I will argue that a pitcher cannot always make that transition due to body make up. For example, a pitcher is not always the fastest, nor the most athletic guy on the field. Likewise a pitcher can be very athletic and can make that jump to the right side of the order, but this is not always the case. Still sometimes a pitcher is the most athletic guy on the field but he is a lefty, so you would not use him as a catcher, or a shortstop. Realistically there is no rule against it, and I have seen it happen in little league, but it is uncommon at the higher levels. You could also be a pitcher that is a flame thrower but that pitcher might be a liability if placed in the outfield. One bad read on a fly ball can cost you the game. Or what about first base? First base is not just a “catch the ball and tag the base” position. You also have to know how to be a relay to home, turn a double play, hold a runner, defend a bunt, and also know how to dig it up on bad throws. So it sounds good in theory to be able to move the pitcher all across the order to the right side of the defensive order but realistically it is not that easy.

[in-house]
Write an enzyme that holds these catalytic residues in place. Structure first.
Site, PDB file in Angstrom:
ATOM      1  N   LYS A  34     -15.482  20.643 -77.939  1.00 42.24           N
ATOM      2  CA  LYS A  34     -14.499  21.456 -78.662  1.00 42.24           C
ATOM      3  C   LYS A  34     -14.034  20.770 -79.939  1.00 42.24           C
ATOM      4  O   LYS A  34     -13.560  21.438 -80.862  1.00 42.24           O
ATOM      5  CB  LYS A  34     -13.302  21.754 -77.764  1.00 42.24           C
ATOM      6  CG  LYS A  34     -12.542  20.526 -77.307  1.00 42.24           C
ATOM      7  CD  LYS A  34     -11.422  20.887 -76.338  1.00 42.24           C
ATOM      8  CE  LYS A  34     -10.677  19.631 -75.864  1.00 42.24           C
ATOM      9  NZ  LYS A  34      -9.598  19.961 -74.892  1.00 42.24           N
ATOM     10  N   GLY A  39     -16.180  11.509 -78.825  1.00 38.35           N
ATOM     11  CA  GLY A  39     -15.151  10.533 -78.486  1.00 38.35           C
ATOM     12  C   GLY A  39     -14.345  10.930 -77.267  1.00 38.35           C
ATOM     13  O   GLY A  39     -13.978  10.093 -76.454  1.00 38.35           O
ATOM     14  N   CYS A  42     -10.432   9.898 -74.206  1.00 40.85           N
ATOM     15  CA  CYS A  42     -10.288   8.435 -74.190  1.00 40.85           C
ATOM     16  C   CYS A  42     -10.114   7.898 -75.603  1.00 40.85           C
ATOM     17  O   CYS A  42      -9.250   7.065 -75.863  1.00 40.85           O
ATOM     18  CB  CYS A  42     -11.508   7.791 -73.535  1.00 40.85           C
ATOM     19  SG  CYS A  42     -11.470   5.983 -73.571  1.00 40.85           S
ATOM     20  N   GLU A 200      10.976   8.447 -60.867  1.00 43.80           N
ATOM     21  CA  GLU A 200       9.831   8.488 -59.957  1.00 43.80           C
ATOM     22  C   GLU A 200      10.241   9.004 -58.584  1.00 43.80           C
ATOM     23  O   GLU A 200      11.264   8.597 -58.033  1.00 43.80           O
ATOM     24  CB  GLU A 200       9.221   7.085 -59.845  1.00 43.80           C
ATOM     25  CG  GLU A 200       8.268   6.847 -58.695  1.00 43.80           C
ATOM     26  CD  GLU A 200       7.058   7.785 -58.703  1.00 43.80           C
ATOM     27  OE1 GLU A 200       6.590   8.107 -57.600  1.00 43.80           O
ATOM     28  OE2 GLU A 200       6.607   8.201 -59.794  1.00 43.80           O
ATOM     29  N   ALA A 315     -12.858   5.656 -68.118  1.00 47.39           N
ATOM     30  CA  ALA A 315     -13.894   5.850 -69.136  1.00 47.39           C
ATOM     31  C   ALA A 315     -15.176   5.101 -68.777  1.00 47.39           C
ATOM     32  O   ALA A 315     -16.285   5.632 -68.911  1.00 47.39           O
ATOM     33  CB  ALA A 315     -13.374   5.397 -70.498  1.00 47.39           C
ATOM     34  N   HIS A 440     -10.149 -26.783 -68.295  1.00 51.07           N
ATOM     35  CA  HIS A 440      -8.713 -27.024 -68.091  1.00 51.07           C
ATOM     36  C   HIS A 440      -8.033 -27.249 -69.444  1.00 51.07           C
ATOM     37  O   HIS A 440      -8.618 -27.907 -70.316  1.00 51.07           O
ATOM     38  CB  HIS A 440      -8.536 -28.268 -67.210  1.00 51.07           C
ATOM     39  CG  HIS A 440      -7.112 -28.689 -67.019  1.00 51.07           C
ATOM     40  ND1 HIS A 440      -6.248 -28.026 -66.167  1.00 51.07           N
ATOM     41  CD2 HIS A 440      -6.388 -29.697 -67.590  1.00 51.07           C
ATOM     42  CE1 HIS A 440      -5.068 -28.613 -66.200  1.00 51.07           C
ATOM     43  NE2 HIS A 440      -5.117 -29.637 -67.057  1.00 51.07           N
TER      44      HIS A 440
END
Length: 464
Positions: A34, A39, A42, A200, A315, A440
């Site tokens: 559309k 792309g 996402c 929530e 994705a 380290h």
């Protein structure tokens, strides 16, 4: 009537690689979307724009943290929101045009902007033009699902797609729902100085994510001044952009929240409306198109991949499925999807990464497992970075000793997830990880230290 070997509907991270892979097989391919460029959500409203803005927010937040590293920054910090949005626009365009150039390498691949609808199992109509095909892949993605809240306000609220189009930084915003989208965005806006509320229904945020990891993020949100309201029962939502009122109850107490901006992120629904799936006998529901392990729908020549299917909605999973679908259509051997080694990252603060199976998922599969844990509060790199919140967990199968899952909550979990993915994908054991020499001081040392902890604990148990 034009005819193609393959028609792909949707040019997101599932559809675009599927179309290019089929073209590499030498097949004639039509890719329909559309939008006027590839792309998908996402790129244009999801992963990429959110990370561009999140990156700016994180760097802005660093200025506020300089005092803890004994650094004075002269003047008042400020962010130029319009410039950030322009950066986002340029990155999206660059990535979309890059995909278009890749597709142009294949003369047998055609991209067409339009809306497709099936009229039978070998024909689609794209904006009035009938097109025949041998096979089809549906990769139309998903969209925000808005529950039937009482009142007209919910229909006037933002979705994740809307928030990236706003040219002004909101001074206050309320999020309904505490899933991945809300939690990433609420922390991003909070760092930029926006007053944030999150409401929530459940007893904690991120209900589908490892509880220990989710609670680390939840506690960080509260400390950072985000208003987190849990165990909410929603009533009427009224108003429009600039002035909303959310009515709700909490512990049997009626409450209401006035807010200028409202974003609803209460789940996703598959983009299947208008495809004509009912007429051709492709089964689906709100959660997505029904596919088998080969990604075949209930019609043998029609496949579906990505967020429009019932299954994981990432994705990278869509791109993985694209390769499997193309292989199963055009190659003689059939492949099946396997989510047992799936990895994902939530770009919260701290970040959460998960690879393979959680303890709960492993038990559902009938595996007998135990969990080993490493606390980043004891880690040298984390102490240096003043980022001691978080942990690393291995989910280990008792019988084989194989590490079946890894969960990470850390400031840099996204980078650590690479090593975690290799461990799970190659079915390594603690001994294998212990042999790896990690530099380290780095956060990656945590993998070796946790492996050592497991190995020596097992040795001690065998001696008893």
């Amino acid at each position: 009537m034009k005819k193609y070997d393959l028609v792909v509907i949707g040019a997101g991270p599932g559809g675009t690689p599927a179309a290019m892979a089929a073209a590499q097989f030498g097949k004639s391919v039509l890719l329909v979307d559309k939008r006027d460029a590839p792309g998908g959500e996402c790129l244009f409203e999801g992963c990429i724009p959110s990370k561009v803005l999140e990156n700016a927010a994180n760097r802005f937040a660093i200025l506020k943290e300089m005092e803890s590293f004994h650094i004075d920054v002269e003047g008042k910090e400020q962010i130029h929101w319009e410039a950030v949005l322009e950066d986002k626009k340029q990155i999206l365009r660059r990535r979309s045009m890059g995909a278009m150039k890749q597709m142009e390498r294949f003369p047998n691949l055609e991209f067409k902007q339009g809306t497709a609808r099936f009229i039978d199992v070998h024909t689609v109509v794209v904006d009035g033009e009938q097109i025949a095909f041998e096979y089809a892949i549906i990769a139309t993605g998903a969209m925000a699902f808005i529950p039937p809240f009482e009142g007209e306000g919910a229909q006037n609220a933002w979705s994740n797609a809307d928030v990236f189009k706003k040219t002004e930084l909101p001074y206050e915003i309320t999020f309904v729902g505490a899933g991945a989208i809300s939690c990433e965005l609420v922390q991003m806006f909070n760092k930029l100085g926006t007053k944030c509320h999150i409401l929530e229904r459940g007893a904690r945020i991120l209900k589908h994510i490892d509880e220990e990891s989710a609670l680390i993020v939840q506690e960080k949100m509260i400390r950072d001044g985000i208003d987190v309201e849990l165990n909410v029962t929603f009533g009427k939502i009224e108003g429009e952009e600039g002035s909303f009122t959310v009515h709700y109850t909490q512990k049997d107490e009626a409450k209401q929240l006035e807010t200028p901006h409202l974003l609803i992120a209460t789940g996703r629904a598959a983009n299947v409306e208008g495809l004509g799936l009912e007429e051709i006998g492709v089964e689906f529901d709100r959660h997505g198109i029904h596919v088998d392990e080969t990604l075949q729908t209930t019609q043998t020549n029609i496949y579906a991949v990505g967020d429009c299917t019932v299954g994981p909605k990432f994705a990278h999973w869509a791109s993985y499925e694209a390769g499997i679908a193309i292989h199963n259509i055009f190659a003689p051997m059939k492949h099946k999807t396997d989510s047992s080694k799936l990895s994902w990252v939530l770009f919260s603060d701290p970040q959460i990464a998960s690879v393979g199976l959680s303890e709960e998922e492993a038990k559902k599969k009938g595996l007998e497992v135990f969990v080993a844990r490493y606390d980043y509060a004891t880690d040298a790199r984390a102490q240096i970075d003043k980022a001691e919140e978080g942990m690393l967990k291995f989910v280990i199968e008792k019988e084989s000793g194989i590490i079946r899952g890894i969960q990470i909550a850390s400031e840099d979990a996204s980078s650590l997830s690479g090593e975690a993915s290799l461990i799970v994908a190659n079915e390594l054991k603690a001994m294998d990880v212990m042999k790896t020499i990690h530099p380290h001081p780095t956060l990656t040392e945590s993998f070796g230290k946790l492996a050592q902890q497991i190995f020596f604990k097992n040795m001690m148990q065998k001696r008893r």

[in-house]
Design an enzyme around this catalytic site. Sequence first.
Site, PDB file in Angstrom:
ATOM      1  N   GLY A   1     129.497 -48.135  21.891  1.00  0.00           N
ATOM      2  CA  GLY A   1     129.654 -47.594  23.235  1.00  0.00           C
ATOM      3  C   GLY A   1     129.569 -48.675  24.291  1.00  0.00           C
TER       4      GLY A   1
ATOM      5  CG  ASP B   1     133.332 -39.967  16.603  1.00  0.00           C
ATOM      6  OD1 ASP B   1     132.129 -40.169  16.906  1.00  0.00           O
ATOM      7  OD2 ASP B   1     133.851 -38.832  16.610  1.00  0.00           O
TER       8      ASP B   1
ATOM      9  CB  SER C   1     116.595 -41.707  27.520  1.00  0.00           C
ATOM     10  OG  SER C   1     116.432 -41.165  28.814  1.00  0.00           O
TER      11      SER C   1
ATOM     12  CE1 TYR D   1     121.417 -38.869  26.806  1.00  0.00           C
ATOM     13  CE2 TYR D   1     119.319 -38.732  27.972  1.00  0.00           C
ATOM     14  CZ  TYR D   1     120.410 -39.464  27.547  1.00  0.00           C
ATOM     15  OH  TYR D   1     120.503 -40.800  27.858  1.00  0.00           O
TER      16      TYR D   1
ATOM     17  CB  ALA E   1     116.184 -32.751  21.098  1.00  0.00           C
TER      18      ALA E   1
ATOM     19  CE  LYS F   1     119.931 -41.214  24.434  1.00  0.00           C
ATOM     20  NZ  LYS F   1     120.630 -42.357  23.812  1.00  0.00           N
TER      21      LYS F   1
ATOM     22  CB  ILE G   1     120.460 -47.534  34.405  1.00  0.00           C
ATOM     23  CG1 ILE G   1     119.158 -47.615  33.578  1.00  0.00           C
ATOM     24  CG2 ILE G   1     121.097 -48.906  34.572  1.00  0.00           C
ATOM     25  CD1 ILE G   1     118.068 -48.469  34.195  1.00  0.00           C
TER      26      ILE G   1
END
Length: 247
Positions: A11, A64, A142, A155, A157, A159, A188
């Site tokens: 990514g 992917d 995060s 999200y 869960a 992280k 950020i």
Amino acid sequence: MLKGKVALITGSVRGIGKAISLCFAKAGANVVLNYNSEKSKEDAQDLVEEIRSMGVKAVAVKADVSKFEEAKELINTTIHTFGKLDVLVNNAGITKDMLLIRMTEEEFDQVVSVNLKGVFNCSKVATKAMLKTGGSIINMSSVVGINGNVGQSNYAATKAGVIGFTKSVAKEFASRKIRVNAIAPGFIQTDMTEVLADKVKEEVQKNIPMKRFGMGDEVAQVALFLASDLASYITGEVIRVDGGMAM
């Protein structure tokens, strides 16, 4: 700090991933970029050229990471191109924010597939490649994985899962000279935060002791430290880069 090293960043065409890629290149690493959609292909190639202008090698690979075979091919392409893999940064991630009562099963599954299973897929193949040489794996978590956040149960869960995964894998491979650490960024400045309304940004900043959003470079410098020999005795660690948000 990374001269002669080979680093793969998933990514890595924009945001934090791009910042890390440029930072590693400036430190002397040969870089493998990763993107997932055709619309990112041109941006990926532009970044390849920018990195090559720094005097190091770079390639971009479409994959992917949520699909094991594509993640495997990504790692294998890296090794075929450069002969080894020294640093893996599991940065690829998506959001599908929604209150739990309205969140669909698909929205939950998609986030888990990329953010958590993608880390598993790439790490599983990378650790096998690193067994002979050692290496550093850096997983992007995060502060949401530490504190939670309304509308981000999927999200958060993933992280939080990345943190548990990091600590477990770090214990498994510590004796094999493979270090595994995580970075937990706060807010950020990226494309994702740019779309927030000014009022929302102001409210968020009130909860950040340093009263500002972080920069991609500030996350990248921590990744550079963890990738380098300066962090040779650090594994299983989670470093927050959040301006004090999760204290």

Likewise, we cannot say that a first baseman cannot play catcher because the Dodgers have a 1B player named Matt Beaty that can also catch. Can he play third base? I am sure he can also play third base but the question becomes how low of a downgrade does this become? Perhaps as an emergency situation it will be fine, but to bet the house on this being your third baseman for the whole season is another discussion the front office would need to have. So the left side of the order, to the right side of the order, in general terms, is just an average that Bill James has suggested as an overall general rule. Are there outliers? Of course, there will always be outliers who can play just about anywhere you put them but as a general rule, going left to right is always easier. We will not get into the discussion of a Pitcher moving to the right side of the order, nor we will discuss a 1B moving to the left because in this article the focus is just one particular player, Corey Seager, a shortstop, being able to handle the move to third base. According to the order provided to us by Bill James, the move from shortstop to third base makes sense. It is a move that can happen easily for a shortstop with much success.